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Wednesday, June 18 • 2:30pm - 3:20pm
CON2.05 – Enhancing Registered Nurse Job Readiness Through Constructive Alignment and Standardization in Simulation Design (Room A342)

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Aligning learning outcomes, assessment, and instruction (constructive alignment, Biggs, 1999) imbues educators with the opportunity to systematically (re)design curriculum for transformation. Recently the School of Nursing at Queen’s University has spearheaded a project using productivity and Innovation Funds (PIF) to integrate high fidelity patient simulation scenarios at 12 Nursing Schools (and their college partners) across Ontario.

In collaboration with Queen’s Centre for Teaching and Learning, the School of Nursing has conducted two large collaborative hands-on workshops to align curricula within and across institutes. Alignment has been made possible by the institutes agreeing upon a shared template, and engaging in collaboration with a willingness to share resources, both human capital and intellectual property. Prior to delving into technical aspects of simulation development, organizers dedicated a full day to the development of scenario outcomes and rubric design. Upon completion of the learning outcome component of the day, nurse educators were asked to further define outcomes through the development of rubric descriptors within a three level rubric. Although educators found this process onerous, and the learning curve steep, it was agreed that building a strong foundation was essential for the validity of scenario development. This approach to simulation development is unique and represents a student focused, and an outcomes informed approach. Whereas traditional learning outcomes are created in a “verb + instructional focus” format, learning outcomes in this collaboration have implemented a “verb + instructional focus + purpose” framework that was converted into the maxim “Do What, With What, For What?” Extending the traditional learning outcome framework allowed educators to delineate the relevant scope and context for their chosen scenario. Pedagogically speaking, the development of outcomes and their direct alignment with rubric criteria allow students to set targeted goals based on course instruction, self-evaluate their performance, and receive external feedback on focused outcomes. This is imperative in the ill-defined context of nursing simulation education where demonstration of “soft skills” such as critical thinking, problem solving, triage, and collegial communication represent the “hard competencies” that can save lives. Moreover, within the context of province wide knowledge sharing, the indexing of instructional preparation, learning outcomes, and competency metrics allow for alignment across school curriculum, and importantly decreases redundancies and gaps across simulations held within the repository.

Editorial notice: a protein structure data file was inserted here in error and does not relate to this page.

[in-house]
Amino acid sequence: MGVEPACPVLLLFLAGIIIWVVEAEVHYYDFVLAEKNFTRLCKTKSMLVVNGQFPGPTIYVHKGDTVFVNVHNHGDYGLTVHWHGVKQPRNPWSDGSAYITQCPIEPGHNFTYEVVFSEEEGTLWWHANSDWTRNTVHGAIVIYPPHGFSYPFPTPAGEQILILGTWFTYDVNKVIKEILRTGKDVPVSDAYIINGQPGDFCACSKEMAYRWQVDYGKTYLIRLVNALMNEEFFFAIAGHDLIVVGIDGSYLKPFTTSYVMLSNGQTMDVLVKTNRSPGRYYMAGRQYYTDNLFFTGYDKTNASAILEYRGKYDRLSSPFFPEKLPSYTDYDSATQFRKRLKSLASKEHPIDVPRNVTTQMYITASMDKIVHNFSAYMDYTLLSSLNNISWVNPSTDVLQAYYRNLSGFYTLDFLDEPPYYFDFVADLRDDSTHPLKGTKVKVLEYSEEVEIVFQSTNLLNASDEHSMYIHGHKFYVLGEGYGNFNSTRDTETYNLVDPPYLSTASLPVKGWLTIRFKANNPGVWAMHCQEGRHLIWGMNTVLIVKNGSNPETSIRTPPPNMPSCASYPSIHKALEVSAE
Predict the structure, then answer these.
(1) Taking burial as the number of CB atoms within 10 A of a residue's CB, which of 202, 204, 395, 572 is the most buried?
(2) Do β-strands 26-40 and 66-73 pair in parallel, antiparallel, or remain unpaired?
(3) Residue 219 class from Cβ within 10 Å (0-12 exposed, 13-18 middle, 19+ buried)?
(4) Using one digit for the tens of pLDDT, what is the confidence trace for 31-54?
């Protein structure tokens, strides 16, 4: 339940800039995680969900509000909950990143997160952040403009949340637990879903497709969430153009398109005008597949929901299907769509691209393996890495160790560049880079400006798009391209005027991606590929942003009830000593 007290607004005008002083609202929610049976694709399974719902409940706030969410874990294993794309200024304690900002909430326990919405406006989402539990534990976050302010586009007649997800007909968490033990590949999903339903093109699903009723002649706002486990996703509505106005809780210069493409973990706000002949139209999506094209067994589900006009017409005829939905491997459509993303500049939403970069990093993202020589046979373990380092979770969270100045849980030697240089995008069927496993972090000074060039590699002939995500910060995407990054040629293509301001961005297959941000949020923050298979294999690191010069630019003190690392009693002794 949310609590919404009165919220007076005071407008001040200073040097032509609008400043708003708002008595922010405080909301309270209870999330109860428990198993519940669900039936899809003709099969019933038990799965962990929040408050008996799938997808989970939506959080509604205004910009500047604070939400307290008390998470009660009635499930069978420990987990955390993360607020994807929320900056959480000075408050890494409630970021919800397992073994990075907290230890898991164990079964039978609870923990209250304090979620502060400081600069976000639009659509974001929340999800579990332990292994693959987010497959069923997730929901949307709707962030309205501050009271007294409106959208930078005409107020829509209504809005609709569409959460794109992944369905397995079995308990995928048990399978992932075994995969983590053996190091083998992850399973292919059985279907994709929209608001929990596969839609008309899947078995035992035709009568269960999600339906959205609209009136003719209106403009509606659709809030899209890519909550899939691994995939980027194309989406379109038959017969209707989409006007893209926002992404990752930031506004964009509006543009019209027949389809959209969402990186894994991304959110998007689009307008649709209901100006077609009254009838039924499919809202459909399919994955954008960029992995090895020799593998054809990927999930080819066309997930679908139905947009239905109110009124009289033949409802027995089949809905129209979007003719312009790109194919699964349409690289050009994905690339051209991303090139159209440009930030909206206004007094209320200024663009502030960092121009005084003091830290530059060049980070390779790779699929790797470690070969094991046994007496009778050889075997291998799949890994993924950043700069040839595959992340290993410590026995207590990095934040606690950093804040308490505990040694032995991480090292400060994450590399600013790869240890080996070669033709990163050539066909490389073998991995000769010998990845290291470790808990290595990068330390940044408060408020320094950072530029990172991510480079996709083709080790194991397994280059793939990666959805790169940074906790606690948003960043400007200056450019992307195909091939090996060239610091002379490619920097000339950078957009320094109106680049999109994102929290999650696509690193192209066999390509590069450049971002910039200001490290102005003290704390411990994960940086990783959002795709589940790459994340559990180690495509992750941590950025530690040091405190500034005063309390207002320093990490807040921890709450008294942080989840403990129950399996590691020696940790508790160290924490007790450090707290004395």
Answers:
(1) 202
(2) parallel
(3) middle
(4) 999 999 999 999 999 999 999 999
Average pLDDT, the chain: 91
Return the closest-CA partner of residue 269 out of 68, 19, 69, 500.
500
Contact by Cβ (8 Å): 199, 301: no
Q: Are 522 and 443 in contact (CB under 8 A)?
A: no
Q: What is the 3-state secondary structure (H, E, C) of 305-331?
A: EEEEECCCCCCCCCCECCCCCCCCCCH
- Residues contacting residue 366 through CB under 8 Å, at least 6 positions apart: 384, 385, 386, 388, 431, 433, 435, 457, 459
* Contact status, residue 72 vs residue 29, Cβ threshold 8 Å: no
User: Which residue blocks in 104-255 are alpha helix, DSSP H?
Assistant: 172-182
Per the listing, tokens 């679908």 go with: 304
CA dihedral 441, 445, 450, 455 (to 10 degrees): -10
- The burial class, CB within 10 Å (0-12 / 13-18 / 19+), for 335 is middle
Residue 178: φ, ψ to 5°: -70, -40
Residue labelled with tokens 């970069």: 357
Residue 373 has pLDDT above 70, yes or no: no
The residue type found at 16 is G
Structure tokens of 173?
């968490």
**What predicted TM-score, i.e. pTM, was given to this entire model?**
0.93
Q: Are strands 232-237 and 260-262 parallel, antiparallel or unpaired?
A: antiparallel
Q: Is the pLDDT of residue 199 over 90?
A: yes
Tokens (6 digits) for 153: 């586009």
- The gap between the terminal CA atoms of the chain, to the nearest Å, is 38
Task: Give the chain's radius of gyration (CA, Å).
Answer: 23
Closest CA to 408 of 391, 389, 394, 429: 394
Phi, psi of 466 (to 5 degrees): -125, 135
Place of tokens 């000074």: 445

In this workshop, participants will be presented evaluation data on the project, and be asked to engage with presenters in a discussion around the “Do What, With What, For What?” format and approach to developing outcomes and rubrics as a means of curriculum development. Finally, the longitudinal potential of this project to align educational and practical nursing outcomes will be discussed.

Wednesday June 18, 2014 2:30pm - 3:20pm EDT
A342 McArthur Hall

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